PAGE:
Democratic Transition

25 Years of Independence: The Ukrainian Referendum

On December 1, 1991, more than 92 percent of voters in Ukraine approved the Verkhovna Rada’s August Declaration of Independence. Mere days later, the Soviet Union dissolved and an independent Ukraine was born. The aftershocks of these events are still felt 25 years later, as questions of territory, sovereignty, and national identity remain painful and contested. What did the path forward look like in 1991 and how has this vision changed over the course of the intervening decades?

Looking Toward 2017: Prospects for Brazil-U.S Relations and the Domestic Political Outlook for Brazil

The upcoming change of administration in the United States and the ongoing political and economic crisis in Brazil have raised new questions about the future direction of domestic and bilateral relations, but also offer new opportunities for engagement. In recent years, the Brazil-U.S. relationship, although cordial, has remained superficial despite their many common interests and occasional public statements in favor of increasing cooperation.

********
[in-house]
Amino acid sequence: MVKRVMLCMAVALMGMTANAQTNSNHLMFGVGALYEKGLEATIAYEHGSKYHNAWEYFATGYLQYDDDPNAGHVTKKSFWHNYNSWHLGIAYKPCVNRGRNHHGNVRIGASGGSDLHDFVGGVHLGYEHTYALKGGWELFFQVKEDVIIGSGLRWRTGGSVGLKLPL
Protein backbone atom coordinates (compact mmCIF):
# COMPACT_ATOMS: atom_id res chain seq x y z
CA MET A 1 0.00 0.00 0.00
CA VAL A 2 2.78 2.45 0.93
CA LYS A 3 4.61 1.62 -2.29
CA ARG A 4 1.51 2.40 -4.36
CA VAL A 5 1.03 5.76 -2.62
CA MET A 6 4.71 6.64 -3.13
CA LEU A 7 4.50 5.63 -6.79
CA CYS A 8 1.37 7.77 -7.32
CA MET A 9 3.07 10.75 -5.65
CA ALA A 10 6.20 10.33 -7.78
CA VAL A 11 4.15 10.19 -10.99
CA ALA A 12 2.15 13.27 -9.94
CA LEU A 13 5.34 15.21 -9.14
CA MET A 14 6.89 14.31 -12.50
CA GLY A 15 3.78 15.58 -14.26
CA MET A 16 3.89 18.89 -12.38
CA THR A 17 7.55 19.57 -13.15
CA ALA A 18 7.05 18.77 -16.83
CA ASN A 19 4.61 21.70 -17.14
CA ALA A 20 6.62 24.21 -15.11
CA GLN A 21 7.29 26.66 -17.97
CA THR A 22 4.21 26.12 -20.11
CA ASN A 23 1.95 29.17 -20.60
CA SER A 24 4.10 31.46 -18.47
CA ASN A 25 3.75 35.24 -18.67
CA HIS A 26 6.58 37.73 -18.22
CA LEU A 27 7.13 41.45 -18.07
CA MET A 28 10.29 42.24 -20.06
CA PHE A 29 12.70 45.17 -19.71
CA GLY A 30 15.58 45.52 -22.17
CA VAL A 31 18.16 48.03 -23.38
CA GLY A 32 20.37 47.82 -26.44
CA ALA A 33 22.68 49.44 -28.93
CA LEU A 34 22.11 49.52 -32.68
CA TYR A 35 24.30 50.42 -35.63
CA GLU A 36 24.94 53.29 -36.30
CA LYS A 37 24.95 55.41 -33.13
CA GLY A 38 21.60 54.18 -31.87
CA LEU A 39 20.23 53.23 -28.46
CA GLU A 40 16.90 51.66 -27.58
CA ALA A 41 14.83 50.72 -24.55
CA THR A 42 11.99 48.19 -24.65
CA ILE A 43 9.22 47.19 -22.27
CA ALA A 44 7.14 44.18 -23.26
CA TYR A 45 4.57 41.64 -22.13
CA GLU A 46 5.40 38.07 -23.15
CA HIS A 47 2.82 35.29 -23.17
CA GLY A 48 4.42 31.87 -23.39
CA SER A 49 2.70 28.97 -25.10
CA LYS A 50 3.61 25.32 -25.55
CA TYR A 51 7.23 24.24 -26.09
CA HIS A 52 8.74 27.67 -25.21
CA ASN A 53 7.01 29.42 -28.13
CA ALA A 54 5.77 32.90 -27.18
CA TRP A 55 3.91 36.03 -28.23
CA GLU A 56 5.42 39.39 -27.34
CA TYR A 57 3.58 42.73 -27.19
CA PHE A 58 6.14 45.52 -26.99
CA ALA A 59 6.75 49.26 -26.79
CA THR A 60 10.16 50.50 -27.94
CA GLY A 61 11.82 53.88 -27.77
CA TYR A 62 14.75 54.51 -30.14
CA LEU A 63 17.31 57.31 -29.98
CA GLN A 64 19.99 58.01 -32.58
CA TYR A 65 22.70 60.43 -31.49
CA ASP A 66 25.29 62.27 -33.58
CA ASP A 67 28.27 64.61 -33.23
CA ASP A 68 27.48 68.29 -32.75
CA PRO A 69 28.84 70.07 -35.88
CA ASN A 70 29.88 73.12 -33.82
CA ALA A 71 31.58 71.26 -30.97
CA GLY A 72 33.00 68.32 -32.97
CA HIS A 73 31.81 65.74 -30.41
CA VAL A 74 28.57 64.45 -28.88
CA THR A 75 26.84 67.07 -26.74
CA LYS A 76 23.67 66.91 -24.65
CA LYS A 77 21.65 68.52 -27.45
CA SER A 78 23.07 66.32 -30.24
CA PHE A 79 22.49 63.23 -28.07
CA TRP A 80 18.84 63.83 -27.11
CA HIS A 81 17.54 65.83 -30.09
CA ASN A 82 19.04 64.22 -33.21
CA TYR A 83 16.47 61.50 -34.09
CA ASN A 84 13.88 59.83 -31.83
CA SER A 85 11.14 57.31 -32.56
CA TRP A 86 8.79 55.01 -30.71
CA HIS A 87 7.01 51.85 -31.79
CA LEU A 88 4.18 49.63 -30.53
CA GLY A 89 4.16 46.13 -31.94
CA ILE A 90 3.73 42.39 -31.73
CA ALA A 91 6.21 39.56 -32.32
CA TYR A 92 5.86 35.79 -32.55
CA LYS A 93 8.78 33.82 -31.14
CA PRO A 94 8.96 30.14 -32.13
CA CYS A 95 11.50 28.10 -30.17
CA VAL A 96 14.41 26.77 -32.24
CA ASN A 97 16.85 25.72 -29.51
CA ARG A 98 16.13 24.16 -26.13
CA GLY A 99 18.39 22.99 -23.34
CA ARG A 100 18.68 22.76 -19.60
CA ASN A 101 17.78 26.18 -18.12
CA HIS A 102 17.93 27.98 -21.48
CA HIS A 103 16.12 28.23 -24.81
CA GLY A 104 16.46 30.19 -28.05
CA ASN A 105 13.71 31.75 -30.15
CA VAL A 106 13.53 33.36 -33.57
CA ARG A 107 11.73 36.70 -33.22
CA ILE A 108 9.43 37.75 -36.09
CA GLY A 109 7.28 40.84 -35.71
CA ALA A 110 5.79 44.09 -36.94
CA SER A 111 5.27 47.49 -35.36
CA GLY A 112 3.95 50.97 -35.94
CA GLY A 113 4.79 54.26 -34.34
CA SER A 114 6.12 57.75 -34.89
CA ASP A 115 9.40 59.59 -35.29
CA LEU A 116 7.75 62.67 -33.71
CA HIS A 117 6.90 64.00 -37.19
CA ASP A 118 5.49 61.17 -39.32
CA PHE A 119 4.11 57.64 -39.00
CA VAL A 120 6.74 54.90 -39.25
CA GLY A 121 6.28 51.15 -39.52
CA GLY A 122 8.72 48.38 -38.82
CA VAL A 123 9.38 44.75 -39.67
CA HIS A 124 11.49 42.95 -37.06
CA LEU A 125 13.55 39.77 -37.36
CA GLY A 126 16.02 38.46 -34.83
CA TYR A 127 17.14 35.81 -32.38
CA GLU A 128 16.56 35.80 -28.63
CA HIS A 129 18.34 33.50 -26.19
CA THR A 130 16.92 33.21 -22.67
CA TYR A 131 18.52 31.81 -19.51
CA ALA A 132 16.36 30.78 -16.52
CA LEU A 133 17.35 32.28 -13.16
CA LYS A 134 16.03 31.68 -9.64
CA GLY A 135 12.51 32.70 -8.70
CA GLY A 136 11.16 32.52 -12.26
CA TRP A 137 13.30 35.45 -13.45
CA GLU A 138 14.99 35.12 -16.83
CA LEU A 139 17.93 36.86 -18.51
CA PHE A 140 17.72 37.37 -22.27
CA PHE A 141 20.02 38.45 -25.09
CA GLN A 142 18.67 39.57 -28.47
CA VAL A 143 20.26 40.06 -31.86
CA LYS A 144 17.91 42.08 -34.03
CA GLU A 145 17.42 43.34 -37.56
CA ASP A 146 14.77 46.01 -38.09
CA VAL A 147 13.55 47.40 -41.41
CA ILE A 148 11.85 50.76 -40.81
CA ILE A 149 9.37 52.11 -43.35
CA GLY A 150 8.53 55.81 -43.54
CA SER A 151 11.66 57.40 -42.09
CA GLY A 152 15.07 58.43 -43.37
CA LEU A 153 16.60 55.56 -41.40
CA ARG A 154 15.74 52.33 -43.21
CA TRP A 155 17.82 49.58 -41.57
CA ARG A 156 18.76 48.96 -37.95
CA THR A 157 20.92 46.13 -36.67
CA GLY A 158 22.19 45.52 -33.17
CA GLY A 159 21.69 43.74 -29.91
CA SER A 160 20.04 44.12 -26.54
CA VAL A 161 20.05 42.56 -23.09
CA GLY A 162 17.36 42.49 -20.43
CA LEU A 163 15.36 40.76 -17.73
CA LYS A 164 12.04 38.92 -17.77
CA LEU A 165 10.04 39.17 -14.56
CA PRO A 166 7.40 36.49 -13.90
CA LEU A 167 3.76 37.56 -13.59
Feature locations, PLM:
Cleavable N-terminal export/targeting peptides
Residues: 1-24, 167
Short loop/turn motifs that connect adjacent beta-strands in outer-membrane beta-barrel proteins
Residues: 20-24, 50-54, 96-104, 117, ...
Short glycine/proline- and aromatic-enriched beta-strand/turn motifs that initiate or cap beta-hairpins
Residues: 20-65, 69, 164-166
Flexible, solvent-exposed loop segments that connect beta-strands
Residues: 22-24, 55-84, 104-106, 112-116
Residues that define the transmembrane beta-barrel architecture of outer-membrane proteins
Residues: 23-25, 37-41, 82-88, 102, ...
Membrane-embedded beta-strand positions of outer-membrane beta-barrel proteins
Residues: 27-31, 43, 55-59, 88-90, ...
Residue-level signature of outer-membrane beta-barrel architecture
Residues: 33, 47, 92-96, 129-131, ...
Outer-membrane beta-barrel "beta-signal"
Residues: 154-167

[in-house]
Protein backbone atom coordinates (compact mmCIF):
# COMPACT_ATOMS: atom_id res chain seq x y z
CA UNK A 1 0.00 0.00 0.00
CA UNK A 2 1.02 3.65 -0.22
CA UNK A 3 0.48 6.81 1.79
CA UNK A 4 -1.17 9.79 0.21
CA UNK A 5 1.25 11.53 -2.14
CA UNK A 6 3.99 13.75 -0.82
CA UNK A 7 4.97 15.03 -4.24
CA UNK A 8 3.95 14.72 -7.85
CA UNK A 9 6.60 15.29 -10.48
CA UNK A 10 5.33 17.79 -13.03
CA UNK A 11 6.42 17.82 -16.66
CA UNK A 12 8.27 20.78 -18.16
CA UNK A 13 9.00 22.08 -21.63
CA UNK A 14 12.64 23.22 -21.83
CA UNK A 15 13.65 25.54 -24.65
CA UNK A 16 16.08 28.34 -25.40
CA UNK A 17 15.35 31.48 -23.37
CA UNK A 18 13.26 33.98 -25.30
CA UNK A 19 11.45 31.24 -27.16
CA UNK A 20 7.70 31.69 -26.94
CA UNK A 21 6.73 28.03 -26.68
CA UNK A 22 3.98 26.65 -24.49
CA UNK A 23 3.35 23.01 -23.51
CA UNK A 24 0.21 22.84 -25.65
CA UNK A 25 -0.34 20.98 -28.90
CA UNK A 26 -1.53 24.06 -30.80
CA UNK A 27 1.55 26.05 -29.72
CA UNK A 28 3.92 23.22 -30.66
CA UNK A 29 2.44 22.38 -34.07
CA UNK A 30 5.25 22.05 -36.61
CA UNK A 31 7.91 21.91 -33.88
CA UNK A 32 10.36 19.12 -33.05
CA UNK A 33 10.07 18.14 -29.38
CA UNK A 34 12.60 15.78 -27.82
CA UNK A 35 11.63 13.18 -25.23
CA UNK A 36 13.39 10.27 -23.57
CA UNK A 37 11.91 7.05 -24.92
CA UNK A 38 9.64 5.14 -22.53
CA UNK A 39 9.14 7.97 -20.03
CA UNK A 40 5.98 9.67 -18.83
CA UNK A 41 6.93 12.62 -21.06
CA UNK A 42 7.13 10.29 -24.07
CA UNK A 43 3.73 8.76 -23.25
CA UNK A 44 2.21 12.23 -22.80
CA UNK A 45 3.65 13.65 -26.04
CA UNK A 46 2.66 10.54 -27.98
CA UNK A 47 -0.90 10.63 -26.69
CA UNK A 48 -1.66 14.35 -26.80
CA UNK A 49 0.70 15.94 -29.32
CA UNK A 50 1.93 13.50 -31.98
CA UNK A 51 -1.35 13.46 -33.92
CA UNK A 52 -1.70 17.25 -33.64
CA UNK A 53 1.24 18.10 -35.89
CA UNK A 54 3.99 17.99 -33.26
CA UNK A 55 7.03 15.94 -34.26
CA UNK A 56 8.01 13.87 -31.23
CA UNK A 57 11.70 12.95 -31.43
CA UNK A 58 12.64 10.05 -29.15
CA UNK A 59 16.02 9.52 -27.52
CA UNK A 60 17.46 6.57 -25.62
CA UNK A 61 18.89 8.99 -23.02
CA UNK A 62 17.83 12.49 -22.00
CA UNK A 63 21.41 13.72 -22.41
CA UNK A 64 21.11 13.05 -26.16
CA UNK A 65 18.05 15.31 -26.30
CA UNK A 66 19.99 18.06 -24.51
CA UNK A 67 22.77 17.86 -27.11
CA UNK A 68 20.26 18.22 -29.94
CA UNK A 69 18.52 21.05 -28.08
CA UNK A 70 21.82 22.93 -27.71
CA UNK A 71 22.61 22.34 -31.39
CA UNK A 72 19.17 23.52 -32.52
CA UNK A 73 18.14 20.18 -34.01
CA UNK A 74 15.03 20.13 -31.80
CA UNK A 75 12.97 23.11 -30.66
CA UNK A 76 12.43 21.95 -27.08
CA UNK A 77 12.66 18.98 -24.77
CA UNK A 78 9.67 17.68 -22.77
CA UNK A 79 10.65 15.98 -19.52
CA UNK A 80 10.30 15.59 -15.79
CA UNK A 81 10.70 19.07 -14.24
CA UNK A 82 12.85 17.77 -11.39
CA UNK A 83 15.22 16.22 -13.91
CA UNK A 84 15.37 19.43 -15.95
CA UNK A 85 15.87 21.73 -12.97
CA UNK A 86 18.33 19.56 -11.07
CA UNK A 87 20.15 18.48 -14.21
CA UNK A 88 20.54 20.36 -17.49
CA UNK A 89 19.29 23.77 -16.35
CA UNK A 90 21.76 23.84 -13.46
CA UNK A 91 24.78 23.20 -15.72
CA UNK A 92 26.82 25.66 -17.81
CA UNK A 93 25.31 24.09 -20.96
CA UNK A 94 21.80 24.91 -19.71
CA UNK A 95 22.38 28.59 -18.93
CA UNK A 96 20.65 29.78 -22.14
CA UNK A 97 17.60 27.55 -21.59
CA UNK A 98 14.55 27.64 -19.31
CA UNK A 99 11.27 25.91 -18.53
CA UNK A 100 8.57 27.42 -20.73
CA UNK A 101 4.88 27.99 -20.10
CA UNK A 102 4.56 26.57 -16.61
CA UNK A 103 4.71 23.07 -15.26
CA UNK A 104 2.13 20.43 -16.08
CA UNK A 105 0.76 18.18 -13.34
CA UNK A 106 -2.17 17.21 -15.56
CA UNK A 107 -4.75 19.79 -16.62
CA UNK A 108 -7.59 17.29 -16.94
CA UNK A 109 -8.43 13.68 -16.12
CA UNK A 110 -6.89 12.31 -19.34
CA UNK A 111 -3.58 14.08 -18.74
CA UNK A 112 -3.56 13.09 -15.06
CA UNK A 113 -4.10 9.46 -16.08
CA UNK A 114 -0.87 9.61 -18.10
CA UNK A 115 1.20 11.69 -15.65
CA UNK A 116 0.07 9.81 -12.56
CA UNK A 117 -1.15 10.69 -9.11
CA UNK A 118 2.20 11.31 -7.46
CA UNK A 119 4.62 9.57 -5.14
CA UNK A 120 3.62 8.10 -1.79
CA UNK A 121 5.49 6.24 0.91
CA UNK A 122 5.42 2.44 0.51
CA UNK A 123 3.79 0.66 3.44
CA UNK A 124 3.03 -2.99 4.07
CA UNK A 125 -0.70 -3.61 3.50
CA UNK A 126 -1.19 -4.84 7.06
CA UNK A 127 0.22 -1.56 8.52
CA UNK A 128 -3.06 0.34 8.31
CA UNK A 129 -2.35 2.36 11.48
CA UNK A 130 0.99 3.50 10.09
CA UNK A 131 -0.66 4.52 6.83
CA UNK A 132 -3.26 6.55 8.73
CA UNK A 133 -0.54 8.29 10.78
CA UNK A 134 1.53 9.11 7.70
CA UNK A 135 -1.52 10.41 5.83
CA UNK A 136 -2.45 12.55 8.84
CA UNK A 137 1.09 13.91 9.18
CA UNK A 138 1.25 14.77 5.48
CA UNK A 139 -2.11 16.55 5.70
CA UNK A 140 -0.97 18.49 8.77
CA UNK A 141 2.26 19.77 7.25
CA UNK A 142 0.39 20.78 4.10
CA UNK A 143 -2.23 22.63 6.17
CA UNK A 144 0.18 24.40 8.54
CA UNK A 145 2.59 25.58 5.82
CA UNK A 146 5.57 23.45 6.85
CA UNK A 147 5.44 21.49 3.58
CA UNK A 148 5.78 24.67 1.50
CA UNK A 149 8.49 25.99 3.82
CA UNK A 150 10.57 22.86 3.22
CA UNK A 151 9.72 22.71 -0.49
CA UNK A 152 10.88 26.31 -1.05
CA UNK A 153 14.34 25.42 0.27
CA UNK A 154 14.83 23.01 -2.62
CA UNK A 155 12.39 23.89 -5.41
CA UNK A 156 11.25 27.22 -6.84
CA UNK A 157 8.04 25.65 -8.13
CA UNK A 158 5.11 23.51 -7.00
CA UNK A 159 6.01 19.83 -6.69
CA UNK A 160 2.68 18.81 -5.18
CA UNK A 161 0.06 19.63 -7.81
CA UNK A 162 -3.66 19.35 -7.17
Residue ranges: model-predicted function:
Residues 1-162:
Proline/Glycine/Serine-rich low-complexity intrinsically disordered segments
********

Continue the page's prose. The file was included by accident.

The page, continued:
Uzbekistan at a Crossroads

The death of Uzbekistan’s authoritarian president, Islam Karimov, 78, on September 3 marked the end of an era. Karimov was one of only two remaining Central Asian leaders whose rule began during the Soviet period.

Book Launch—Bangladesh: A Political History Since Independence

Bangladesh is a country of paradoxes. The eighth most populous country of the world, it has attracted considerable attention from the international media and western policymakers in recent years, often for the wrong reasons: corruption, natural disasters caused by its precarious geographical location, and volatile political situations with several military coups, following its independence from Pakistan in 1971.

Frustrated Democracy in Post-Soviet Azerbaijan

Frustrated Democracy in Post-Soviet Azerbaijan tells how a newly independent oil-rich former Soviet republic adopted at first a Western model of democratic government but turned toward a corrupt authoritarianism.

2014 Ratiu Award Winner Profiled in the New Yorker

Winner of the 2014 Ion Ratiu Democracy Award, Mustafa Nayyem, is profiled in the September 5, 2016 issue of The New Yorker in an article about his transition from journalism to politics in Ukraine. Nayyem is credited for having made the social media post that helped spur thousands of protestors to gather in Maidan Square.

How a Mining Disaster is Helping to Overhaul Impunity in Brazil

On November 5, 2015, a tailing dam in the state of Minas Gerais (in the southeast of Brazil) ruptured. It released an estimated fifty million tons of iron ore waste into neighboring areas. It has quickly become the country’s worst environmental disaster.

Tsai Ing-wen Becomes Taiwan’s First Female President

Women in Public Service Project Director, Gwen Young, discusses the significance of Tsai Ing-wen becoming Taiwan’s first female president. 

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